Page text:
An Edge node is a computing device that is connected to the Edge Network in order to contribute its spare capacity. Edge nodes earn $XE coins in return for this, and these can be used to purchase services from the network, or they can be swapped for $EDGE tokens, which can be traded.
At the moment the software for running an Edge node is only available for Linux. However versions are being made available for Windows, OSX and mobile devices.
Stargates are Edge masternodes. They are responsible for the routing and security in the network, for monitoring resources and for controlling the payout contract.
Gateways are Edge masternodes. They are responsible for connectivity in the network and act as the entry points for end user requests.
Hosts are Edge nodes responsible for the provision of computational power and storage within the network.
Edge operates a hybrid model of proof of stake and proof of work. Proof of stake is used to help to secure the network, with a stake required to operate a node. Proof of work is used to distribute yield based on the jobs that nodes successfully complete in the network.
When a new version goes out, all nodes receive a notification and automagically update, and if a node is offline, upon connecting to the network, it'll receive a message that it needs to update, which it will then do. Should something happen and your node not appear to be updating, it can be manually updated by running
edge device update.
If you have a legacy stake, you need to fill in the stake transfer request form, which you can find here: https://ed.ge/stake-migration-request. After that, you'll receive an email from the team confirming the request, or asking for more information, and once your request has been verified, you'll have a stake transferred to your XE wallet. Be sure to include as much information as you can.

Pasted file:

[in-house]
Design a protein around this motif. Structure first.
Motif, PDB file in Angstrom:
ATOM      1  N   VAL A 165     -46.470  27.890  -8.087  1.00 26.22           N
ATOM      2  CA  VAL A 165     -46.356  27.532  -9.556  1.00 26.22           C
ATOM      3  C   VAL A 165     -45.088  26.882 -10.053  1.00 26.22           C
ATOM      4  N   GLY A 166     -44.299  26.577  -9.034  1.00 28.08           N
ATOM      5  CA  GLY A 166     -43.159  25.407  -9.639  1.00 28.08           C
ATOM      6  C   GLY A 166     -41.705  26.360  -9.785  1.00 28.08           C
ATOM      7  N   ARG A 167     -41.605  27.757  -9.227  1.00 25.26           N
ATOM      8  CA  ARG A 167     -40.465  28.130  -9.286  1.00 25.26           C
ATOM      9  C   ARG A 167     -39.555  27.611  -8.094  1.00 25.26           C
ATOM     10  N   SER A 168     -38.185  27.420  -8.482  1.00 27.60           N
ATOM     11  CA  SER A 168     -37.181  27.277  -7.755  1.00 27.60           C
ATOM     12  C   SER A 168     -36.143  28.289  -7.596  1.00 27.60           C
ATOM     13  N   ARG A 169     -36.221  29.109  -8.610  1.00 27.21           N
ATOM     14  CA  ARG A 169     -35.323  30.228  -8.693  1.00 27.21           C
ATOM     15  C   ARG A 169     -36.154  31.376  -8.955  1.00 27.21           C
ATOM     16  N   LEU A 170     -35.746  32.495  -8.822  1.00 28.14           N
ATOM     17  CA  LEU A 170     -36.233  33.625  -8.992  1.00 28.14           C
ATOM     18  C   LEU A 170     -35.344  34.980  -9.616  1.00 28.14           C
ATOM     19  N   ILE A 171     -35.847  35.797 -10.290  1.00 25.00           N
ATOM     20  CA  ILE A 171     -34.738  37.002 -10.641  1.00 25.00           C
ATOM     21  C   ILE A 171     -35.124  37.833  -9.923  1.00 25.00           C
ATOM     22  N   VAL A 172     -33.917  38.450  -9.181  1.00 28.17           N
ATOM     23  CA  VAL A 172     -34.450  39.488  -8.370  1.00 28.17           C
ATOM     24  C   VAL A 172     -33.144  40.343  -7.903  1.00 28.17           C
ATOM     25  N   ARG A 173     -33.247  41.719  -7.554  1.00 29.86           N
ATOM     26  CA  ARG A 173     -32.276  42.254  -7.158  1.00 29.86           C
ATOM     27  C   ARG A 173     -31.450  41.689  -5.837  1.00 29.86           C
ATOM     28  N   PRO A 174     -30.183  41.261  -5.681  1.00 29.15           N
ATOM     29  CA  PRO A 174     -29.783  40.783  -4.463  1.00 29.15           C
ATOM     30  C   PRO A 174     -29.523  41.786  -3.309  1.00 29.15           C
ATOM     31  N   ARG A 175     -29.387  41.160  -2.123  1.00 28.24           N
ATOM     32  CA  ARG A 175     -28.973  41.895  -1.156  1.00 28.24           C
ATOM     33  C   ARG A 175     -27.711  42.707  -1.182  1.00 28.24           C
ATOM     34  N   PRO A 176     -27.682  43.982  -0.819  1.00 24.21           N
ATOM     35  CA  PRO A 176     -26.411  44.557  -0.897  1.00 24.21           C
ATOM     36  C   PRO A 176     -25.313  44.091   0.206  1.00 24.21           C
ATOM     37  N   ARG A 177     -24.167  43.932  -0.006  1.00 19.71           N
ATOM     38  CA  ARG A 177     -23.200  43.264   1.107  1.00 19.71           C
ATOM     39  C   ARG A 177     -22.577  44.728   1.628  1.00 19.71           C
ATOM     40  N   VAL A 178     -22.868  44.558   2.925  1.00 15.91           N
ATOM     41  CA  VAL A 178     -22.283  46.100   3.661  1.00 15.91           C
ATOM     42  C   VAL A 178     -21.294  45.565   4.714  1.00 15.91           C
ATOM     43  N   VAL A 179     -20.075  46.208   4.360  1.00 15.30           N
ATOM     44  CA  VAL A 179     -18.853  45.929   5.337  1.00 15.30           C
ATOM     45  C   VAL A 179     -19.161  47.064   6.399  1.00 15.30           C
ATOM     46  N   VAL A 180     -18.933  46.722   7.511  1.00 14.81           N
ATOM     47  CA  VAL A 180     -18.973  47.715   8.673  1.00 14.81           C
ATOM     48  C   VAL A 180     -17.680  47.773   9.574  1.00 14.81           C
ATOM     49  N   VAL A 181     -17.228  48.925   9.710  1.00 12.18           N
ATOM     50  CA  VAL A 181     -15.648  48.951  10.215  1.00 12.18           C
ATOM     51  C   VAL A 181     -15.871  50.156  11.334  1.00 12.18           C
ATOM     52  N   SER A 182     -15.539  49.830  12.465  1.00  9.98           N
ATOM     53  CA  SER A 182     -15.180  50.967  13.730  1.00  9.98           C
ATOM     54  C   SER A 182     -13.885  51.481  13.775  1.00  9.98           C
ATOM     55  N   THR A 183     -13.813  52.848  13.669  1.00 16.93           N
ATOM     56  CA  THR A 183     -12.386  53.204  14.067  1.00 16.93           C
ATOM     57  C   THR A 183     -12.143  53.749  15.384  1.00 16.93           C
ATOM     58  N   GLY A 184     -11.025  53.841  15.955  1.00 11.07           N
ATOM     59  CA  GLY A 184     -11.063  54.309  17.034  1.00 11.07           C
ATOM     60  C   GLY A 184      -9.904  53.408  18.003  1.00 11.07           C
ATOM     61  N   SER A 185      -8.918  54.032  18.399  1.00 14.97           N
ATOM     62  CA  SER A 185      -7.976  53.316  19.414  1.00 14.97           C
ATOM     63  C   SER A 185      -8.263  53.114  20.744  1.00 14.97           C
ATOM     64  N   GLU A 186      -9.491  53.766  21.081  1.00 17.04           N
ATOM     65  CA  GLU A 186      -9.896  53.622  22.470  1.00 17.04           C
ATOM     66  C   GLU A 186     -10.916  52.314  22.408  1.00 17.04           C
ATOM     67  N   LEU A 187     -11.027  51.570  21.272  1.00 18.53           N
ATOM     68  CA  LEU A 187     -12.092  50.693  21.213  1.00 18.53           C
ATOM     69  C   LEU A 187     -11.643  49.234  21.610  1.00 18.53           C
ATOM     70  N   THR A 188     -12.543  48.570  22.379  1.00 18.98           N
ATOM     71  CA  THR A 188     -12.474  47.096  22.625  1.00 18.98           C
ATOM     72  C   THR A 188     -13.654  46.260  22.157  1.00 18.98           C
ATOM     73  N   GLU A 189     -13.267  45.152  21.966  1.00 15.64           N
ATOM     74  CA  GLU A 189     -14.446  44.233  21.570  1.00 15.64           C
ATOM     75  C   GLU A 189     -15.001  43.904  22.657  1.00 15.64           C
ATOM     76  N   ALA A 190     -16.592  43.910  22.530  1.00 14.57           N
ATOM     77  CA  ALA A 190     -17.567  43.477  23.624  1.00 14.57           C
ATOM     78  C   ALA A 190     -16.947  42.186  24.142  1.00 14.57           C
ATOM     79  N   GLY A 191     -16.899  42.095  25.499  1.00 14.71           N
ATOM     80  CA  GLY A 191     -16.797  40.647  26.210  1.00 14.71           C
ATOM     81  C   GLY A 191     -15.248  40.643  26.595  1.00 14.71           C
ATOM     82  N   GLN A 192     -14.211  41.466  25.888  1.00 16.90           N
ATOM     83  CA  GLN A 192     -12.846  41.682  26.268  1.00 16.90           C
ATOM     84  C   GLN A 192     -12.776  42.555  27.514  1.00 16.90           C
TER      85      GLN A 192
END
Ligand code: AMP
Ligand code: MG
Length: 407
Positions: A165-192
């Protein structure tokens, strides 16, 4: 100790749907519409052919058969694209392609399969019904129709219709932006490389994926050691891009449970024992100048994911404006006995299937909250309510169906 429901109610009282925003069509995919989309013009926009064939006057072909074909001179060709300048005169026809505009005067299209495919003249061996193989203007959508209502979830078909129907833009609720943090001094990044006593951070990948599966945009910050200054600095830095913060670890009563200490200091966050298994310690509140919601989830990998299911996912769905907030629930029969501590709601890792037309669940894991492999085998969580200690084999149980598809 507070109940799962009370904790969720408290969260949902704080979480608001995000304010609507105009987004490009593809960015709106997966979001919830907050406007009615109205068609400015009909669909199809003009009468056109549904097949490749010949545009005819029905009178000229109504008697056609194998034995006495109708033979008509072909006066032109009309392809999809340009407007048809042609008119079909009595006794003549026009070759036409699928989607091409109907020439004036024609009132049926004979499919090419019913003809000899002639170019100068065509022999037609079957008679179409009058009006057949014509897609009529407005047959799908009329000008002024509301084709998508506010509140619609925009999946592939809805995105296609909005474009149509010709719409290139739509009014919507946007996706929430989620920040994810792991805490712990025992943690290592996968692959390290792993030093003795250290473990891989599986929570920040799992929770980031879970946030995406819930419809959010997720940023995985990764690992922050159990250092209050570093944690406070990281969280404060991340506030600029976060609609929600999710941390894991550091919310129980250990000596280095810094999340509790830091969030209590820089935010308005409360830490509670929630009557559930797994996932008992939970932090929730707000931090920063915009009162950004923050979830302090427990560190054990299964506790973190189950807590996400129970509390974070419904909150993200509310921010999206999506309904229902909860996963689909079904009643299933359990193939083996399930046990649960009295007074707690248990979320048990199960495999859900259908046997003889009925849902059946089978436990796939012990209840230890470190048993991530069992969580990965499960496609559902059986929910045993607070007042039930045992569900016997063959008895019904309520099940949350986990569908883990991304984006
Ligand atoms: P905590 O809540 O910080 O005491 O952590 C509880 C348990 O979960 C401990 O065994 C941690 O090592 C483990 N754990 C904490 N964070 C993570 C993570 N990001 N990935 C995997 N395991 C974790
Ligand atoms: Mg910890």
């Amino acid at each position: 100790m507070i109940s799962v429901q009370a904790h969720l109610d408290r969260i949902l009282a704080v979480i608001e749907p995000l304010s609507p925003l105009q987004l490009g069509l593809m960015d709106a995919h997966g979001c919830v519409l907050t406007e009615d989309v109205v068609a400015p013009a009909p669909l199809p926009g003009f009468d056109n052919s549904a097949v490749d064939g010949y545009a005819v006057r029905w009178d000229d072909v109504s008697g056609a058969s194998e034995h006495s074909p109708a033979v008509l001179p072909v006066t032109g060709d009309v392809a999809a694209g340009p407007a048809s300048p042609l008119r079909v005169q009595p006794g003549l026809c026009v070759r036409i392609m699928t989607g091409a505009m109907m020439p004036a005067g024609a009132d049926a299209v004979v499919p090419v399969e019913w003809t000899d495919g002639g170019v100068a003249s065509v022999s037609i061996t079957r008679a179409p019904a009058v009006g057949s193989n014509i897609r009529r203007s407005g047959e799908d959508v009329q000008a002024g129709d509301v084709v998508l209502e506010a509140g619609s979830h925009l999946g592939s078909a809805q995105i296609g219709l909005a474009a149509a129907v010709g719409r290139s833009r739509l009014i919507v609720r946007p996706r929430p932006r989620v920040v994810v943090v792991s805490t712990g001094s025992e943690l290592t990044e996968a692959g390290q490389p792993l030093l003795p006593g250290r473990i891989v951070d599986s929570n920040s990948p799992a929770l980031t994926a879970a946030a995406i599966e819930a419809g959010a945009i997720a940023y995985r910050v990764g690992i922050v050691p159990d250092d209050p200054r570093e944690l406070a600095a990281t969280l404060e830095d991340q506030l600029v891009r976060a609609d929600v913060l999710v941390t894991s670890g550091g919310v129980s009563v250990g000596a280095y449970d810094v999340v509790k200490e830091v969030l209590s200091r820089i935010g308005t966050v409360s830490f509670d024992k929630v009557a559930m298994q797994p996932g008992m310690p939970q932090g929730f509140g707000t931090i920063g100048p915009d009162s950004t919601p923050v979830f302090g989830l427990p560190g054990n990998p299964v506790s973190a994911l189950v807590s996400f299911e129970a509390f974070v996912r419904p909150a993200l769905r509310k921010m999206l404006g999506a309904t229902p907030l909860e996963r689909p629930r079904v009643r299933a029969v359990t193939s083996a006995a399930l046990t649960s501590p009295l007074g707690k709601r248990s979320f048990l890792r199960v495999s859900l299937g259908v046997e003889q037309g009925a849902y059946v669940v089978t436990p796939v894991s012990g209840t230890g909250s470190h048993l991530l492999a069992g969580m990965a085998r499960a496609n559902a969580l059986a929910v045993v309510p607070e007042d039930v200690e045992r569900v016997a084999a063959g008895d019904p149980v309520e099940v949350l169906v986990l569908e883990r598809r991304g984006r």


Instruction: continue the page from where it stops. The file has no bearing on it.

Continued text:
Simply put, no. You're not at risk of losing your stake while setting up a node. When you create a stake, you're locking a portion of XE but that stake, that portion of XE, remains in your wallet. When you assign a device to a stake, it is simply updating the stake with the assigned device ID. The only things that you can do to a stake are unlocking them and releasing them, and the XE within a stake will always be returned to the wallet in which they live.
Not at all. If you can contribute a device 24/7 then it'll be able to handle more jobs and therefore will earn more, but it isn't a requirement. If your machine with spare capacity is only available sometimes, for example during the day, that's fine too. There are no uptime requirements for Hosts and the network is designed to allow Hosts to join as they become available and leave as they become unavailable.
Migrated stakes are actually no different from regular stakes, so once you have your stake, you can use it just like you would a regular stake you created with the CLI. To assign a host, it's simply a case of running
edge device addand following the instructions.